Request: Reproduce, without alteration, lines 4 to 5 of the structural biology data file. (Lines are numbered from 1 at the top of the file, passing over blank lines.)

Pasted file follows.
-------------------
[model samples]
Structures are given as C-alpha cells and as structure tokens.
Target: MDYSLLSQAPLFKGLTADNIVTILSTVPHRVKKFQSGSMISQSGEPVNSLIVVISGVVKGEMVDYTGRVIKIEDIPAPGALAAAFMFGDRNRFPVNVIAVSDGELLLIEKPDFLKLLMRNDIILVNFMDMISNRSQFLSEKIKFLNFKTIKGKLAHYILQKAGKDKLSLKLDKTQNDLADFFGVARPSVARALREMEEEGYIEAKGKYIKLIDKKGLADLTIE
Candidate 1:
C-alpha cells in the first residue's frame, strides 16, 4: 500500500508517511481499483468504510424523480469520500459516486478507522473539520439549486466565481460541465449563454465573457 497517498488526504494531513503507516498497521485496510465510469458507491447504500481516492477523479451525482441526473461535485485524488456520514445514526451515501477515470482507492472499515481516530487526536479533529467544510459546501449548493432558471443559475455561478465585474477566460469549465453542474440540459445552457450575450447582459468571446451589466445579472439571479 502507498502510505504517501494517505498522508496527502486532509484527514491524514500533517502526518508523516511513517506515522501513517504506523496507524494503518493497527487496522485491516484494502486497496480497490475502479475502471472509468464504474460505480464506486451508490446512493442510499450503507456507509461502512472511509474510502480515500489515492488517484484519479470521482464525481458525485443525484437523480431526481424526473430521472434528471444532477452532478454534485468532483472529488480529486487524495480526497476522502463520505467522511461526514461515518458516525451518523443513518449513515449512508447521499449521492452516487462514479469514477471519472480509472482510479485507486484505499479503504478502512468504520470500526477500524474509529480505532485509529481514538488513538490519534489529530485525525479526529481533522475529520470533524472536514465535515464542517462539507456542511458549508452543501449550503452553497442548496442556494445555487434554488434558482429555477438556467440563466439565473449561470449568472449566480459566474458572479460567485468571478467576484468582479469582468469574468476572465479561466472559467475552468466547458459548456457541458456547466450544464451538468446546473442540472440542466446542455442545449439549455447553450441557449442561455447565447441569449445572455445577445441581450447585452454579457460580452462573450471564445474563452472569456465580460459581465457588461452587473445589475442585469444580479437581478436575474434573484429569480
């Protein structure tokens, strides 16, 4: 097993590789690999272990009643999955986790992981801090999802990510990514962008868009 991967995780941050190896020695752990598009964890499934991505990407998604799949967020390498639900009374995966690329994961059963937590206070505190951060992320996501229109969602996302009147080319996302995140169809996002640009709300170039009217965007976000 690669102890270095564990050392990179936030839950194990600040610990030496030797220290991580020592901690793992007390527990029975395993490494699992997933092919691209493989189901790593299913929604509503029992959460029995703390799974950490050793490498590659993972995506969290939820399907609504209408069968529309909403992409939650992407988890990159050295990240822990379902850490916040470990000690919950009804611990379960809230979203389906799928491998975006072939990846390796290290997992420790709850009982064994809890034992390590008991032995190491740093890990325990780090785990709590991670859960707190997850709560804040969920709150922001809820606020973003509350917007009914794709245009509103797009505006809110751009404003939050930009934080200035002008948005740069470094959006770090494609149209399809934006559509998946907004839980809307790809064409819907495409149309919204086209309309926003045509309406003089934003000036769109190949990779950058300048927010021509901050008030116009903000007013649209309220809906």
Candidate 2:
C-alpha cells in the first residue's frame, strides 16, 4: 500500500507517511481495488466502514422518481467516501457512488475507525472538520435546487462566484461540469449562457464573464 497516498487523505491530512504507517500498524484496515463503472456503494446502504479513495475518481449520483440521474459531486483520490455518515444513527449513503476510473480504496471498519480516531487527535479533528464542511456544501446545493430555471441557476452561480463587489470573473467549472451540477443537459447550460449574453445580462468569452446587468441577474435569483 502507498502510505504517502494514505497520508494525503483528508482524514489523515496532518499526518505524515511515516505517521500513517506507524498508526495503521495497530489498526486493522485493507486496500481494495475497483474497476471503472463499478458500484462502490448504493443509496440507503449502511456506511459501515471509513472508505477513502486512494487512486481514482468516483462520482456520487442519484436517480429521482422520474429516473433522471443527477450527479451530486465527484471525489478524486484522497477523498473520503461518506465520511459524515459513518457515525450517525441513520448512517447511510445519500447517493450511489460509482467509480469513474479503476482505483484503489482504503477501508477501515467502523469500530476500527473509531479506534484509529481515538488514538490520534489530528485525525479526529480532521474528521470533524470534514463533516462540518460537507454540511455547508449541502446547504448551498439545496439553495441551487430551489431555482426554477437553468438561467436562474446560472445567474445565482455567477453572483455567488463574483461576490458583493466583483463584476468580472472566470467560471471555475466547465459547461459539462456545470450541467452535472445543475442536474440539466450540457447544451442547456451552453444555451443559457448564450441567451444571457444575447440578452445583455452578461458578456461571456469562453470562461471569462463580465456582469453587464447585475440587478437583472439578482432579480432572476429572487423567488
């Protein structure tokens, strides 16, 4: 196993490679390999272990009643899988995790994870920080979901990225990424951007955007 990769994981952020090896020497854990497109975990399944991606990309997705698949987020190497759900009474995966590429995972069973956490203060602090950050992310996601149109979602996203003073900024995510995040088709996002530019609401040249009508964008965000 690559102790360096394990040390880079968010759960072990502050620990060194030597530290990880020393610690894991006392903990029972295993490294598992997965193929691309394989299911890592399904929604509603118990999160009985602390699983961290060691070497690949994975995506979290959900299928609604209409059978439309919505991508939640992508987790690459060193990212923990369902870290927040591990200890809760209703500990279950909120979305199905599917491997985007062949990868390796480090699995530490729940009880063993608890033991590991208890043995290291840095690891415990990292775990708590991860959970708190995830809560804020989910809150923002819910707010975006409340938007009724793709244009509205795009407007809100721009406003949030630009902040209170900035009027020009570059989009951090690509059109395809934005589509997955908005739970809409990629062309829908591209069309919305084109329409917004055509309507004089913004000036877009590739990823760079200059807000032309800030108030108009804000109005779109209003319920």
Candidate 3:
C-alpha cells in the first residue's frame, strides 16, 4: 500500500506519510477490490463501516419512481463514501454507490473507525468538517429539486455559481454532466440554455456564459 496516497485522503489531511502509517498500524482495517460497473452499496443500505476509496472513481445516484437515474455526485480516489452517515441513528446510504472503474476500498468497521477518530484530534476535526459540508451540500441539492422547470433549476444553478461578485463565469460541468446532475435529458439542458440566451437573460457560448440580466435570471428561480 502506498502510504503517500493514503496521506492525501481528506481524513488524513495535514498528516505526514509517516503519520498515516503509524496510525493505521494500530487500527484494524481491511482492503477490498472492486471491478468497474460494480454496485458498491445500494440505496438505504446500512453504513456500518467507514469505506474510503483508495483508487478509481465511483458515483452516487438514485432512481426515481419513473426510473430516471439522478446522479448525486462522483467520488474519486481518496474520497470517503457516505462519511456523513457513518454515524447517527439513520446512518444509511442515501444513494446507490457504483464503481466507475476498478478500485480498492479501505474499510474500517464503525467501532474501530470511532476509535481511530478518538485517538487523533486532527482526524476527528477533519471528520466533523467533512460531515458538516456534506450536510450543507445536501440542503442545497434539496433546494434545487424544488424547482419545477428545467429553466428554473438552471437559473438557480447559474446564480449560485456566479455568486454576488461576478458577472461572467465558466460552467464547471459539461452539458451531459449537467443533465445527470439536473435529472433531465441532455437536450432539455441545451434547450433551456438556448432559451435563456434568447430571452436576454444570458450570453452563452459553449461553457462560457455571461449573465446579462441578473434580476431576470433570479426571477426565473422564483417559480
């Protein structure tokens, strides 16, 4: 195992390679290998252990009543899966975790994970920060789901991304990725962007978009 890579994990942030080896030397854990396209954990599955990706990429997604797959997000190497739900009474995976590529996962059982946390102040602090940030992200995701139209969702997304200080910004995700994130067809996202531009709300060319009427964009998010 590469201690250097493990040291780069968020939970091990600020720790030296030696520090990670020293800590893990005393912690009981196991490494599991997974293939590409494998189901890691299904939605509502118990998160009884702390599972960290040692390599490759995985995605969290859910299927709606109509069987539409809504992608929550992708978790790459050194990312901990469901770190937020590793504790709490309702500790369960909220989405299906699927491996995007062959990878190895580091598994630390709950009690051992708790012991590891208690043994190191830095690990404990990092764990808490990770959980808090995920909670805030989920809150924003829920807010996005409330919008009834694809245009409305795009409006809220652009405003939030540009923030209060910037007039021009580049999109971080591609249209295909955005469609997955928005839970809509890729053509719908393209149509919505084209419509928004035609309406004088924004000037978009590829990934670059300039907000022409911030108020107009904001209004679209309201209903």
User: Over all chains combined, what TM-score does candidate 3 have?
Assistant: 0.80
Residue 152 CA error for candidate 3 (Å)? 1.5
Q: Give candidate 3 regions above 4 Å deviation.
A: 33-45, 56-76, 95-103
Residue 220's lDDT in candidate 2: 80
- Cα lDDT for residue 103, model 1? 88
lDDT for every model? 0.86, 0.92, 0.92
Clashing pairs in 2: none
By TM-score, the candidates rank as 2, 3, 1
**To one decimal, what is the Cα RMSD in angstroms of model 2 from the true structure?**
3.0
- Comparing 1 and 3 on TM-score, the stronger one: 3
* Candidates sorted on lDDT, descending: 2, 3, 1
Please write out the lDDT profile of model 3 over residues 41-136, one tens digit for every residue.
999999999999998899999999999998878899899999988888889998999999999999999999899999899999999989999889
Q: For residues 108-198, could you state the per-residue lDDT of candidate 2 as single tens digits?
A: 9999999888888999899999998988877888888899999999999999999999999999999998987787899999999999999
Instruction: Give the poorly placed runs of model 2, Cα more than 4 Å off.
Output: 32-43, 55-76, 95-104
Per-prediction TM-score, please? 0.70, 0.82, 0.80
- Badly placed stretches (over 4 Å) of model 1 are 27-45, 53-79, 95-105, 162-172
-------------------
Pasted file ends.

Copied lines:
Candidate 1:
C-alpha cells in the first residue's frame, strides 16, 4: 500500500508517511481499483468504510424523480469520500459516486478507522473539520439549486466565481460541465449563454465573457 497517498488526504494531513503507516498497521485496510465510469458507491447504500481516492477523479451525482441526473461535485485524488456520514445514526451515501477515470482507492472499515481516530487526536479533529467544510459546501449548493432558471443559475455561478465585474477566460469549465453542474440540459445552457450575450447582459468571446451589466445579472439571479 502507498502510505504517501494517505498522508496527502486532509484527514491524514500533517502526518508523516511513517506515522501513517504506523496507524494503518493497527487496522485491516484494502486497496480497490475502479475502471472509468464504474460505480464506486451508490446512493442510499450503507456507509461502512472511509474510502480515500489515492488517484484519479470521482464525481458525485443525484437523480431526481424526473430521472434528471444532477452532478454534485468532483472529488480529486487524495480526497476522502463520505467522511461526514461515518458516525451518523443513518449513515449512508447521499449521492452516487462514479469514477471519472480509472482510479485507486484505499479503504478502512468504520470500526477500524474509529480505532485509529481514538488513538490519534489529530485525525479526529481533522475529520470533524472536514465535515464542517462539507456542511458549508452543501449550503452553497442548496442556494445555487434554488434558482429555477438556467440563466439565473449561470449568472449566480459566474458572479460567485468571478467576484468582479469582468469574468476572465479561466472559467475552468466547458459548456457541458456547466450544464451538468446546473442540472440542466446542455442545449439549455447553450441557449442561455447565447441569449445572455445577445441581450447585452454579457460580452462573450471564445474563452472569456465580460459581465457588461452587473445589475442585469444580479437581478436575474434573484429569480